HTC: Our competitors were 'too strong' last year

HTC: Our competitors were 'too strong' last year

Summary: HTC CEO Peter Chou has admitted that the firm's marketing decisions were poor last year, but believes "2013 will not be too bad."

htc peter chou ceo 2012 poor marketing strong competition

HTC CEO Peter Chou has admitted that the firm had a bad year, but believes HTC has survived the worst of it.

In an interview with The Wall Street Journal, HTC's CEO said that the company's marketing efforts failed in 2012, and competitors proved to be "too strong" for the ailing firm.

The Taiwanese firm's profits have slumped in recent years. In 2012, profits continued to slide quarter-on-quarter as HTC reported Q3 profits of $2.39 billion. Year-on-year, the company has seen profits drop 79 percent.

Remaining optimistic, Chou feels that the worst is over for the company -- which has suffered due to intense competition from rival firms Apple and Samsung -- and 2013 might not be a blazing success either.

"2013 will not be too bad," Chou told the WSJ. "Our competitors were too strong and very resourceful, pouring in lots of money into marketing. We haven’t done enough on the marketing front."

Probably not the most inspiring words HTC's shareholders could hear, but due to competition and admittedly dropping the ball on marketing, it might be the best the new CEO can hope for. However, considering the firm's financial figures, marketing may be the least of its worries.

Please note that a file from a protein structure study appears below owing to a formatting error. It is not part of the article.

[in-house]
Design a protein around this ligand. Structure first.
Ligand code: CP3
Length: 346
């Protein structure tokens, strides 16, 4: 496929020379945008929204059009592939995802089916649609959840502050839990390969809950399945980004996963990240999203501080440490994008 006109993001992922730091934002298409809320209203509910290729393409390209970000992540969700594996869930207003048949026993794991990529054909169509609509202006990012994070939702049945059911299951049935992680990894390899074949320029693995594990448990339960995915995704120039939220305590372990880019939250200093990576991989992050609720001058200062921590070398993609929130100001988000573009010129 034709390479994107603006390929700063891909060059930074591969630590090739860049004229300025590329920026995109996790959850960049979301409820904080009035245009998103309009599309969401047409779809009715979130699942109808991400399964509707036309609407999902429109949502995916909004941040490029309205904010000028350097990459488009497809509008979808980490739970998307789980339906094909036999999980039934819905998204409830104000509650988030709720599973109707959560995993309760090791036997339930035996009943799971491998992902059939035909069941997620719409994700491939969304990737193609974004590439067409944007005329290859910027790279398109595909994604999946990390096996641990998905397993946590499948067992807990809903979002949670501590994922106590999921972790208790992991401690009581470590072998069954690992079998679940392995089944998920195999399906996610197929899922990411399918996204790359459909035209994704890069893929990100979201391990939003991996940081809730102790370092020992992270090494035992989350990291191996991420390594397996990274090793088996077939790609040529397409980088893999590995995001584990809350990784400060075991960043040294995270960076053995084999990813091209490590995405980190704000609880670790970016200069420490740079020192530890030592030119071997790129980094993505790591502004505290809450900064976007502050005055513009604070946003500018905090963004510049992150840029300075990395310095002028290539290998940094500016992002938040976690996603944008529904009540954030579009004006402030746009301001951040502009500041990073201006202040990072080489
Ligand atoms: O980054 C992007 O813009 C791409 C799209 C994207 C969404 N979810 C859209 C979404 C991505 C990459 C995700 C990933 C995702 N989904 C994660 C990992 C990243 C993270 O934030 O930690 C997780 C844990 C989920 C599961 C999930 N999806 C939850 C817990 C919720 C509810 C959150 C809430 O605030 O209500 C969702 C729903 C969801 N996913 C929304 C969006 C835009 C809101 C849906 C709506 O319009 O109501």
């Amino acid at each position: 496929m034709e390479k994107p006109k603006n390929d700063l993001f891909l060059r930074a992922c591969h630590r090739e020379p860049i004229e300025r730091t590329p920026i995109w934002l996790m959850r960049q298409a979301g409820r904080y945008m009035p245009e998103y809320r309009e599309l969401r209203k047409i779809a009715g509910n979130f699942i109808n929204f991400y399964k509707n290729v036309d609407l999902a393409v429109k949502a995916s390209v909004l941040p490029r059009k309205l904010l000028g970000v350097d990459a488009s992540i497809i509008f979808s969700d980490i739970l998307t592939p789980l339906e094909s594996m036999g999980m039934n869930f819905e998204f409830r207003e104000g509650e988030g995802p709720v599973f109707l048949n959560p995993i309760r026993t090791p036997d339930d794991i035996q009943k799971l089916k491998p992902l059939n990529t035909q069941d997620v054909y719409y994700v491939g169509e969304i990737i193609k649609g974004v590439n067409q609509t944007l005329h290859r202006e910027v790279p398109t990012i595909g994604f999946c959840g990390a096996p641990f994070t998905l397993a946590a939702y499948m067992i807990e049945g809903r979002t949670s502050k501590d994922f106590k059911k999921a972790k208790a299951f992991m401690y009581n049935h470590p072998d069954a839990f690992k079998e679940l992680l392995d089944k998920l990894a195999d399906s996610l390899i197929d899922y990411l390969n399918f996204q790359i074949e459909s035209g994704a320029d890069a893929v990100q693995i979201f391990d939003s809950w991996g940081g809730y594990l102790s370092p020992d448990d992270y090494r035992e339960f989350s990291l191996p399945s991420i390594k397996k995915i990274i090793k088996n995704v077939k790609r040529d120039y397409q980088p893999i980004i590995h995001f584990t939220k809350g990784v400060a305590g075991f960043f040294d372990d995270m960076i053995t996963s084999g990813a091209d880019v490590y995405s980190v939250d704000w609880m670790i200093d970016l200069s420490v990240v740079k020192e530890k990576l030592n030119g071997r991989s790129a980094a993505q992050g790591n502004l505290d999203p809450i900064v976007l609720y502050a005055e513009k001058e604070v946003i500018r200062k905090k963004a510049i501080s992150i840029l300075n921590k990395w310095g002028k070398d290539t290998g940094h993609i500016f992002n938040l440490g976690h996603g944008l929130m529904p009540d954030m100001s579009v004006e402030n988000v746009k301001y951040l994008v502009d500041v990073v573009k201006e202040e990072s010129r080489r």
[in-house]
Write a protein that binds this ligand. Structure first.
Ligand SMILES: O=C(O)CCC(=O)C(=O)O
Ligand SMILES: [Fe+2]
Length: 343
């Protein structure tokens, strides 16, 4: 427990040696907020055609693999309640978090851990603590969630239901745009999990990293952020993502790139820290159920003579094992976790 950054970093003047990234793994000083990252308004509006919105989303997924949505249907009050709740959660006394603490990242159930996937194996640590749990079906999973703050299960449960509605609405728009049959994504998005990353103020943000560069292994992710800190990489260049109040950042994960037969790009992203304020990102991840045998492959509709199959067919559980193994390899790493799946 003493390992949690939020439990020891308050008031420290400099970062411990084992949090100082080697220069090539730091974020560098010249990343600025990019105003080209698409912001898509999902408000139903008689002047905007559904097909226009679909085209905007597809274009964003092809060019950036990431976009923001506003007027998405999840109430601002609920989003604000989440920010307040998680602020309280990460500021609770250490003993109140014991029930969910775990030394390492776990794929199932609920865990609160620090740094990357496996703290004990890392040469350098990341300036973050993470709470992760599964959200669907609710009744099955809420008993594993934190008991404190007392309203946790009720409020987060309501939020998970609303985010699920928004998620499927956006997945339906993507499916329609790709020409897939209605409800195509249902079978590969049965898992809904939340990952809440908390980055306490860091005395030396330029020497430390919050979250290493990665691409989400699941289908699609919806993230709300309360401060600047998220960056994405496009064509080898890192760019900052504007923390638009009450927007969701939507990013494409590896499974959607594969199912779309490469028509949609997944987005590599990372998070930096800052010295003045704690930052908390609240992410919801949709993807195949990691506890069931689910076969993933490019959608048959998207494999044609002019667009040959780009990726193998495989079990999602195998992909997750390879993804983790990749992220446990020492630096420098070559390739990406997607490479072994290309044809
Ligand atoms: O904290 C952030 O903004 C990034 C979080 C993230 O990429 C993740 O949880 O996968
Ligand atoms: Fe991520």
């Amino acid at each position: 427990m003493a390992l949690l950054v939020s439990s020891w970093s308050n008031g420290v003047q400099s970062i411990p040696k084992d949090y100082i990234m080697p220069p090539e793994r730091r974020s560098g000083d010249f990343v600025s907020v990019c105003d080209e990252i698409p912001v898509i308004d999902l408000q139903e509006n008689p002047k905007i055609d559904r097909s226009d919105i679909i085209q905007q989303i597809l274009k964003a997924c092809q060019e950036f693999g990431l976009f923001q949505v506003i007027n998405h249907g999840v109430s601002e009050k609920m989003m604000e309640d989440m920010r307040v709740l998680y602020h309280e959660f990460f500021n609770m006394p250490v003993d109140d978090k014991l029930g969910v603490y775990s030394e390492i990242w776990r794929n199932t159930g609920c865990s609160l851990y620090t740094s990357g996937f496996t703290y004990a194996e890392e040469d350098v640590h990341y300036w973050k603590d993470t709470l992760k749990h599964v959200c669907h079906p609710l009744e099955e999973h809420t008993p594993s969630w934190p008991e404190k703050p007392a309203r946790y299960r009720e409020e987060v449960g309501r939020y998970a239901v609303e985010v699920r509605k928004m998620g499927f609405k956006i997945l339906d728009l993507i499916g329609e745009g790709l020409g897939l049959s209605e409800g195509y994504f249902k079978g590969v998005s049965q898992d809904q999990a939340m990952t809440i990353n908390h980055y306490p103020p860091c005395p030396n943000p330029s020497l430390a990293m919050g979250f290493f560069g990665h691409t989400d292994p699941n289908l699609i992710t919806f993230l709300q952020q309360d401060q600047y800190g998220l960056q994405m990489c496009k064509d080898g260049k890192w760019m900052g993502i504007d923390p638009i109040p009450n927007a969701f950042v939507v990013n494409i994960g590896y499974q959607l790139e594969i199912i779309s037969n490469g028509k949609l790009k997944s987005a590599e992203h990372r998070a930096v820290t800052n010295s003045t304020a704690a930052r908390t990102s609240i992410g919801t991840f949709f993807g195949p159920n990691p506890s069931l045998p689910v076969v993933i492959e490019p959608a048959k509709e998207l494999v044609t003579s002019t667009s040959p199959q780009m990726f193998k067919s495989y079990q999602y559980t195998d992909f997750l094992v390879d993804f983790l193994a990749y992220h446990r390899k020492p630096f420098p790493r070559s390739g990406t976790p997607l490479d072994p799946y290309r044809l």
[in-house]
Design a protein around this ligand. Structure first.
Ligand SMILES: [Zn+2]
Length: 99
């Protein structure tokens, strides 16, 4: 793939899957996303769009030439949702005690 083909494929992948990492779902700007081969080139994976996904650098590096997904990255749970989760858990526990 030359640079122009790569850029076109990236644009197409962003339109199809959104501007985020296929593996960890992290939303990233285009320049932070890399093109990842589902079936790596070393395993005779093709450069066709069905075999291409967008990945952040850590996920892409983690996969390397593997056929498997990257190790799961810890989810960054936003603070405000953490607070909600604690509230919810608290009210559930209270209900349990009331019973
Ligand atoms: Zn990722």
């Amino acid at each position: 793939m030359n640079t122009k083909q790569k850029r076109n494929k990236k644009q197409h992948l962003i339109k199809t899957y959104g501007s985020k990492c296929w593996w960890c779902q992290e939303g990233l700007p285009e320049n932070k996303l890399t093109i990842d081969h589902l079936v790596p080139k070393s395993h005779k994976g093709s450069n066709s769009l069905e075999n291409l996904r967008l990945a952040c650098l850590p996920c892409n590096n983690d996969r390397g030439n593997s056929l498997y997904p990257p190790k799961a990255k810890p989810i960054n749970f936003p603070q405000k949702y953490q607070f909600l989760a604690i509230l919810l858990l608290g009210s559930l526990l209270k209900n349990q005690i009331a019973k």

Marketing is only one side of the coin when it boils down to tech firm profitability. Even though rival smartphone makers like Samsung and Apple have top marketing teams equipped with plenty of capital, it is also necessary to fire consumer interest and get them excited about new products -- which may mean HTC should be looking at an inherent change in strategy rather than simply throwing money at marketing efforts.

Chou might be on the same train of thought, as he noted:

"Although we don't have as much money to counter [Samsung and Apple], the most important thing is to have unique products that appeal to consumers," adding that he had personally learned to "act fast and be responsive to market changes" over the past year.